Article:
People are not Objects

Founder of enYouVen, Scott Larsen tries to use his background and experience to help make the world a significantly better place.

A few days ago we watched Maleficent again.  In discussion afterwards, my sister brought up a pretty insightful point; paraphrasing, it went something like: “Maleficent’s hatred for Aurora was  slowly destroyed by her hanging around her, helping her out, and in short: seeing her as a real person.”  Indeed: it is much harder to treat people poorly the more we see them as real people.

People are not objects.

When we treat people as objects, we’re making a serious error.  When we treat people as people instead, our regard for them improves and the way we treat them improves.  What are some other instances of this, in the real lives of real people?  Here’re a few candidates for discussion:

Image compliments of  Flickr user Gobi  and under the Creative Commons License.

Image compliments of Flickr user Gobi and under the Creative Commons License.

  • Communicating in text:  Research continues to come out showing that communicating with people primarily via Facebook (and friends) has detrimental effects on our social skills, and on how we treat both the people we interact with over those media, and on our interactions with others.  To some extent there’s a deception going on there: we think we’re connecting with people – but in fact we’re not really.  Memes, by the way, are a fine way at getting laughs, but are a terrible way to actually communicate.  And it’s having much longer reaching detrimental effects.
  • Politics: Nobody has to think hard to come up with examples they know personally of when people in power are treating other people more as pawns and objects than as people.  Good never results from that.
  • Work: I highly recommend the management book “Leadership and Self-Deception: Getting out of the Box.”  The crux of that book, in my words: Your management skills are way less important than how well you’re doing at treating co-workers  as real people vs objects. People are remarkably astute at detecting the difference, and no amount of awesome management skills will overcome their perception that you’re treating them like objects.  Conversely, when the detect you’re really treating them as real people, it takes a lot of bad management skills to overcome that 😉
  • Fantasy Worlds: video games, movies, comics, even books.  As above, many of these are great, but there also exist many which incline us (even subtly) to treat other people as objects.
  • Pornography: Classic example of treating other people as objects.  Studies abound showing that this has very negative effects on your social skills and on how well/poorly you treat people around you.  The term “sex object” is insightful all by itself: don’t treat people (especially your spouse) as an object.  People deserve to be treated as people.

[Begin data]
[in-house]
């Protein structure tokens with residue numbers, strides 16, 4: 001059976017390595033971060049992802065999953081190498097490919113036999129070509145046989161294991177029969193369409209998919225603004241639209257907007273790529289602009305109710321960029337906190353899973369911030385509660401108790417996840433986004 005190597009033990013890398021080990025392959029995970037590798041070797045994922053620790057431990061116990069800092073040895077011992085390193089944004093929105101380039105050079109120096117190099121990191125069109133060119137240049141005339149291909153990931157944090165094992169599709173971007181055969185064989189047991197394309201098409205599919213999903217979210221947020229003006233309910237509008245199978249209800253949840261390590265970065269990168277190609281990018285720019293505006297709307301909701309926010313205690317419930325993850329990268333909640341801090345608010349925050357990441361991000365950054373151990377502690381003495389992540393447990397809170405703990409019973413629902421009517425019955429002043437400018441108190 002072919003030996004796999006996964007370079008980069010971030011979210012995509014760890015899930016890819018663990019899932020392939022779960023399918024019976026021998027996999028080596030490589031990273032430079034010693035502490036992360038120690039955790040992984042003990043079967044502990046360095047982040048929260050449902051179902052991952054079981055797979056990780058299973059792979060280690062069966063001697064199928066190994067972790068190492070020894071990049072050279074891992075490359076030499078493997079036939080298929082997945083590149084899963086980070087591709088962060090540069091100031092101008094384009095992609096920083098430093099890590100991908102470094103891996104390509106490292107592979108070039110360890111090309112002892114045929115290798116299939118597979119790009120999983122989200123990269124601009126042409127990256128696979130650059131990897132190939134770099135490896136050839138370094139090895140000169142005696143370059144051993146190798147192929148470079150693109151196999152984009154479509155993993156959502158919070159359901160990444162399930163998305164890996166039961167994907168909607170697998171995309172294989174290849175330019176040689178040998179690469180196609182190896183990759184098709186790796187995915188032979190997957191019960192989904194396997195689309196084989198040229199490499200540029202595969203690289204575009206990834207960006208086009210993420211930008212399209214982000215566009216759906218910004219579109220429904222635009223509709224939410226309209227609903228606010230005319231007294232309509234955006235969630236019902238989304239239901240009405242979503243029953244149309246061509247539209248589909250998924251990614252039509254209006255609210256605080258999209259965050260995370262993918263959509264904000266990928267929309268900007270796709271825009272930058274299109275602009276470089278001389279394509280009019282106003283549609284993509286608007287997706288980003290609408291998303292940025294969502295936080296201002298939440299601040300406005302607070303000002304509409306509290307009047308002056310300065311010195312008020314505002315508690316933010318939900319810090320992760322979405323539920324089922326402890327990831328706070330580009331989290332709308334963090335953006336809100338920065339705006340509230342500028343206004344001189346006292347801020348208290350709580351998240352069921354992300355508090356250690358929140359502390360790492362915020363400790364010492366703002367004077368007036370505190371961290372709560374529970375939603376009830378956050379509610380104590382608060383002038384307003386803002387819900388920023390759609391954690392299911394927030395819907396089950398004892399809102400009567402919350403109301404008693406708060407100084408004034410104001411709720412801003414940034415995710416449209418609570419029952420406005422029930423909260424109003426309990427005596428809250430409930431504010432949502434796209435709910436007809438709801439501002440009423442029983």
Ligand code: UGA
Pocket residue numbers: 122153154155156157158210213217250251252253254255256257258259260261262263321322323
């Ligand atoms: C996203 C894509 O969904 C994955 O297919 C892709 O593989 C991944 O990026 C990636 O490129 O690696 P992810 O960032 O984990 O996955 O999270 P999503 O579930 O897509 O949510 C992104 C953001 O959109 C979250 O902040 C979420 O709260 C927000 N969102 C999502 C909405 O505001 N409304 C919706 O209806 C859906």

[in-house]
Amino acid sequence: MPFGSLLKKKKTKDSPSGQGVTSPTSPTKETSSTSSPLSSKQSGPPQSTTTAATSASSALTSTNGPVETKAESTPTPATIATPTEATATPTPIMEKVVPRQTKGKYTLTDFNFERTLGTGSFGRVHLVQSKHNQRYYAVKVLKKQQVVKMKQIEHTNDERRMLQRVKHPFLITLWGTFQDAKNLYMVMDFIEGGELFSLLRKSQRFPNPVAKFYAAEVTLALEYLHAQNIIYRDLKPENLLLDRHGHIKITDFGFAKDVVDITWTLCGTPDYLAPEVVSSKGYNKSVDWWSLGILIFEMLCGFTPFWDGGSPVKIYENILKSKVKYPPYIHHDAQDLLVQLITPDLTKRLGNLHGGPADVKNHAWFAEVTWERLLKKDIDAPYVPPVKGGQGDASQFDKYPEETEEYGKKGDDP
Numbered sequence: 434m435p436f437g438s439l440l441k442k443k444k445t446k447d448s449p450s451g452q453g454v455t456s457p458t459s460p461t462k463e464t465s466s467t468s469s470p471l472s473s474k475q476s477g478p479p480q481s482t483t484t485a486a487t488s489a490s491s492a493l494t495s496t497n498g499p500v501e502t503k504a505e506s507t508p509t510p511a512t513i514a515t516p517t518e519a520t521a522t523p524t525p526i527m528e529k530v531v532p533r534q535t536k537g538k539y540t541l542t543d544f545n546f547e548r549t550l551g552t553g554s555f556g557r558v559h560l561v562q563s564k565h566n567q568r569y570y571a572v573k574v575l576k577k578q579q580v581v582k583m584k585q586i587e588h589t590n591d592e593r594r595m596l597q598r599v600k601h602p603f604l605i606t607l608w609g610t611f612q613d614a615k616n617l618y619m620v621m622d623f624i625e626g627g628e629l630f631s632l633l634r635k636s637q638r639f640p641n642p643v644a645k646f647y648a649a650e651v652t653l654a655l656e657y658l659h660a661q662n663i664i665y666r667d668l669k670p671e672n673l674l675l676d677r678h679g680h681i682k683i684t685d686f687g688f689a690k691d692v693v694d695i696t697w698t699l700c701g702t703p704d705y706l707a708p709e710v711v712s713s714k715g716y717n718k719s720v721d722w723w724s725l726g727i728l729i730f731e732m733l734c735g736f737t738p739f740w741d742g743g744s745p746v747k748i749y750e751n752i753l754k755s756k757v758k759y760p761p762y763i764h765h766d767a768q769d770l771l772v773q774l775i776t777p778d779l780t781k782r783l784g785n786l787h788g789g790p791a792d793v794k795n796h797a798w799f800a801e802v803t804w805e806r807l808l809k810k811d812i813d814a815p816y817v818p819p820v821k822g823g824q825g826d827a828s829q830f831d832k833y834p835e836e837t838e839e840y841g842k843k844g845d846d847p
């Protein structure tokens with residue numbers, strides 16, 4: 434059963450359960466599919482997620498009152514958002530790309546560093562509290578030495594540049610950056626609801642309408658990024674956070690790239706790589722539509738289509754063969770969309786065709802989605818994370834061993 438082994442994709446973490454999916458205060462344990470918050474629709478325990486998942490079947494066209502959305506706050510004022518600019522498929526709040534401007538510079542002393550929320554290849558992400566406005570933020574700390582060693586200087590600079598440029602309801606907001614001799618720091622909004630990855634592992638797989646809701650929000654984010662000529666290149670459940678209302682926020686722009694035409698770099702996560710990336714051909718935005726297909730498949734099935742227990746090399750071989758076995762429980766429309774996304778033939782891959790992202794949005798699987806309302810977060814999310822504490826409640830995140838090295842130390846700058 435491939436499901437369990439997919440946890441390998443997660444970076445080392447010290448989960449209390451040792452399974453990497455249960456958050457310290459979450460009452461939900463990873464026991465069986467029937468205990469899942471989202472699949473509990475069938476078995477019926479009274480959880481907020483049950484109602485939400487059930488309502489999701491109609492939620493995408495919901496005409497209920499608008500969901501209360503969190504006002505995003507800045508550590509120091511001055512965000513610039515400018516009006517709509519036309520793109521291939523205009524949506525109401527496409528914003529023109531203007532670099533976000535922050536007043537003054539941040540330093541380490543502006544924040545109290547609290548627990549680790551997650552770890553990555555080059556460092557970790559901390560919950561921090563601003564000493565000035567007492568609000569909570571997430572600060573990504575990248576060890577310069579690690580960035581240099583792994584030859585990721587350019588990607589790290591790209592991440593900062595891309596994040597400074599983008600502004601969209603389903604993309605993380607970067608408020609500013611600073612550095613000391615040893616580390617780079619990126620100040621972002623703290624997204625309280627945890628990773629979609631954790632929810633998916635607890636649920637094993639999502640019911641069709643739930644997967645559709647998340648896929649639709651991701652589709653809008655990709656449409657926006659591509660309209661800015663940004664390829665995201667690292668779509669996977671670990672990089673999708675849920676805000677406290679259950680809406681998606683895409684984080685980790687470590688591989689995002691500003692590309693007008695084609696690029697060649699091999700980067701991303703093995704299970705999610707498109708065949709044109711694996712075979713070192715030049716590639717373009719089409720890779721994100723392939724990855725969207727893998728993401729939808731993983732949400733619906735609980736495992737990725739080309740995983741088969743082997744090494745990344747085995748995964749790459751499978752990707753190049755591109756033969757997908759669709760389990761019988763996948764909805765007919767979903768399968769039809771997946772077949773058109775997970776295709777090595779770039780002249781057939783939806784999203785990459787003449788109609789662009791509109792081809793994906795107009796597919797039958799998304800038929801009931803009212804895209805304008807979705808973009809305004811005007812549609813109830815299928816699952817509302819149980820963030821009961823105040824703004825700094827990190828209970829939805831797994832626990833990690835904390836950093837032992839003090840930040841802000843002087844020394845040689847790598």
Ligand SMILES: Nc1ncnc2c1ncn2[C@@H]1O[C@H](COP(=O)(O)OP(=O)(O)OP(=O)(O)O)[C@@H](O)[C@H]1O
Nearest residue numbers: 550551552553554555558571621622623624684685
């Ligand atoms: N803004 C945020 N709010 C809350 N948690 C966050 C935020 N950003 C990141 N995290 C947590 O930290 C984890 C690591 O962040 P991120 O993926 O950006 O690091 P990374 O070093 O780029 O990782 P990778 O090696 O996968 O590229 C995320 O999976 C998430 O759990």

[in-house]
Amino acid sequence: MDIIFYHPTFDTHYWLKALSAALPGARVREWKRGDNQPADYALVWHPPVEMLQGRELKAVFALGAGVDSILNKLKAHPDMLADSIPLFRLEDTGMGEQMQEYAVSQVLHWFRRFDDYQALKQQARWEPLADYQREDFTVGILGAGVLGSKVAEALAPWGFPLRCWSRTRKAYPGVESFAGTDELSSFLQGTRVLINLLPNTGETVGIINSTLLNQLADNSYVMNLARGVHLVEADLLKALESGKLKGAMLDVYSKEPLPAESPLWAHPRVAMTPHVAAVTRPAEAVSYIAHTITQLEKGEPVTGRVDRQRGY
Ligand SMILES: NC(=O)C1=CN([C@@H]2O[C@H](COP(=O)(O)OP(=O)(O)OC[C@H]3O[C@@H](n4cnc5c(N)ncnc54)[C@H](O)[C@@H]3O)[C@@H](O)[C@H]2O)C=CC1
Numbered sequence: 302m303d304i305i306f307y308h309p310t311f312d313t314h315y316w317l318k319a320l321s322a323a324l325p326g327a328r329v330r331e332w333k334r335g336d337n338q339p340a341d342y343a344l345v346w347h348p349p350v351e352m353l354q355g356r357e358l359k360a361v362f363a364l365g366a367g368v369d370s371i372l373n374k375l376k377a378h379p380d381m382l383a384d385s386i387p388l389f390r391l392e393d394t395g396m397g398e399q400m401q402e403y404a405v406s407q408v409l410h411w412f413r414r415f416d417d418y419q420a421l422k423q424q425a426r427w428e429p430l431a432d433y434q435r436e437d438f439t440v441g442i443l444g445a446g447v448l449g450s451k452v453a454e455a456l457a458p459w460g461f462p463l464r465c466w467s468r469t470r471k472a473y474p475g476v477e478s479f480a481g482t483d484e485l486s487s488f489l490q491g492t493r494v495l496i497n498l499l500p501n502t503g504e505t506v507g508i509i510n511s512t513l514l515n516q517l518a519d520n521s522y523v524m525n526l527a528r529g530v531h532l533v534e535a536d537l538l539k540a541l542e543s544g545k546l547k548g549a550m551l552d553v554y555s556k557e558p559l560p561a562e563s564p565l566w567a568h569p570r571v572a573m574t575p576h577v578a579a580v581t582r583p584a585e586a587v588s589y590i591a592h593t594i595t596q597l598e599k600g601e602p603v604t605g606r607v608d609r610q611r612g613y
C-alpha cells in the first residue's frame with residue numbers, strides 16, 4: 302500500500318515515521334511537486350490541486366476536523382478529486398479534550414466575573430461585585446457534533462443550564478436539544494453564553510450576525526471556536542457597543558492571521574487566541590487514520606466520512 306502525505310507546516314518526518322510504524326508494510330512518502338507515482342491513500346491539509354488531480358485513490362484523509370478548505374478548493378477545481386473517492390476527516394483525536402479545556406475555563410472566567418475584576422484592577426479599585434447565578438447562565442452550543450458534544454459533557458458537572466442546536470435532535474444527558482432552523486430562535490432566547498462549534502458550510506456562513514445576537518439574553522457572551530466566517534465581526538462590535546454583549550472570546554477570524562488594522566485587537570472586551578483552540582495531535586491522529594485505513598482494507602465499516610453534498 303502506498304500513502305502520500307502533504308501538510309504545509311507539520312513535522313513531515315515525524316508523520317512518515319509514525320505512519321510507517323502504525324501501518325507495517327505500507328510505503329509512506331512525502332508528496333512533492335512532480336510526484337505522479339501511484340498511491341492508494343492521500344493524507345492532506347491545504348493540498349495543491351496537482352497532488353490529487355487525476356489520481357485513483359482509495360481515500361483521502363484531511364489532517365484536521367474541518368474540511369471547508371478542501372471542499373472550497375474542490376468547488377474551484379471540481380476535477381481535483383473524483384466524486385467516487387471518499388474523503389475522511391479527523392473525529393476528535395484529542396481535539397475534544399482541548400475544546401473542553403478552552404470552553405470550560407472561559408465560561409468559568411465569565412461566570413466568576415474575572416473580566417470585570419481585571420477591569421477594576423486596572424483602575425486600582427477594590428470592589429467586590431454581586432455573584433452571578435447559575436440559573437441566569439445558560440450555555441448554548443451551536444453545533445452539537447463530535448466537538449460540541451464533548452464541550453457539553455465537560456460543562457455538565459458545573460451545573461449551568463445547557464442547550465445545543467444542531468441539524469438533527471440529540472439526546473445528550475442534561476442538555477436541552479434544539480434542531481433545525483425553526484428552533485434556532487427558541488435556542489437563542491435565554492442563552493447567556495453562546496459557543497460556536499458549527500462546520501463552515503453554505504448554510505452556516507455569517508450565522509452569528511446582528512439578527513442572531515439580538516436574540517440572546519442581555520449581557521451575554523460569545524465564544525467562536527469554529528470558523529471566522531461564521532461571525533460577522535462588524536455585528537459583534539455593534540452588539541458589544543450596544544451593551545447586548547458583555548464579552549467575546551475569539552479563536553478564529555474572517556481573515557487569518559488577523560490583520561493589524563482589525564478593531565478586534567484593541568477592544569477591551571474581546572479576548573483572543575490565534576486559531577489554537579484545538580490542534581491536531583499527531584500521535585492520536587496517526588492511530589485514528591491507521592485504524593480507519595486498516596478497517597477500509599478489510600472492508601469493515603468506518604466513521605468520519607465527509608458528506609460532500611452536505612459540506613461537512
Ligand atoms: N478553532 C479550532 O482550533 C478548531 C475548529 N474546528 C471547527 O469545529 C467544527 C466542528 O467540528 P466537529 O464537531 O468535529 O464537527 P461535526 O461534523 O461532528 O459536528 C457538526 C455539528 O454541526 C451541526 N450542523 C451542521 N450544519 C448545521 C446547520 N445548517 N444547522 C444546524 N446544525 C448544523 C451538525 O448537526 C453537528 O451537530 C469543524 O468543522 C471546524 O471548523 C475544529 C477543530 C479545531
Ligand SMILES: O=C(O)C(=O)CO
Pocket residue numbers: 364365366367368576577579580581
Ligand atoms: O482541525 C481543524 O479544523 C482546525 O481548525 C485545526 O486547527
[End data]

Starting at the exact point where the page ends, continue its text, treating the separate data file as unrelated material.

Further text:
So…

How do we treat other people more as people?

With some cues from Maleficent sprinkled in here:

  • hang out with them
  • laugh together with them
  • pay attention to them
  • do things that make them happy
  • find out what melts their butter (and what freezes it)
  • sacrifice for them

And most importantly: be conscious and aware of how you think of people and how you’re treating them.  Look around you, at both your actions and your interactions, and pay attention.  Look at the people in your life (physically around you, online, etc.) and brainstorm up some ways that you can treat them more like real people.

It’s astounding how quickly people will detect the change in you, and at how much it will mean to them.  Give it a whirl, you’ll not regret it.

Founder of enYouVen, Scott Larsen tries to use his background and experience to help make the world a significantly better place.

Please note: I reserve the right to delete comments that are offensive or off-topic.

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3 thoughts on “People are not Objects

  1. A study I read recorded reactions of people to wheelchair users on a busy sidewalk with and without their service dogs. Most people they passed either averted their eyes or actually looked or even smiled at them (when the dog was present). The difference was significant. In a similar qualitative study, when asked to describe what it’s like to have their service dog with them, one of the best answers was “It’s like my wheelchair disappears.” (Camp, 2001) Rintala, Sachs-Ericsson, & Hart (2002)

    It’s a real shame so many people so quickly and so automatically subdivide others into these two categories: real and inanimate 🙁

    Great post! Should be taught to managers and employees alike – often!

    Thanks Scott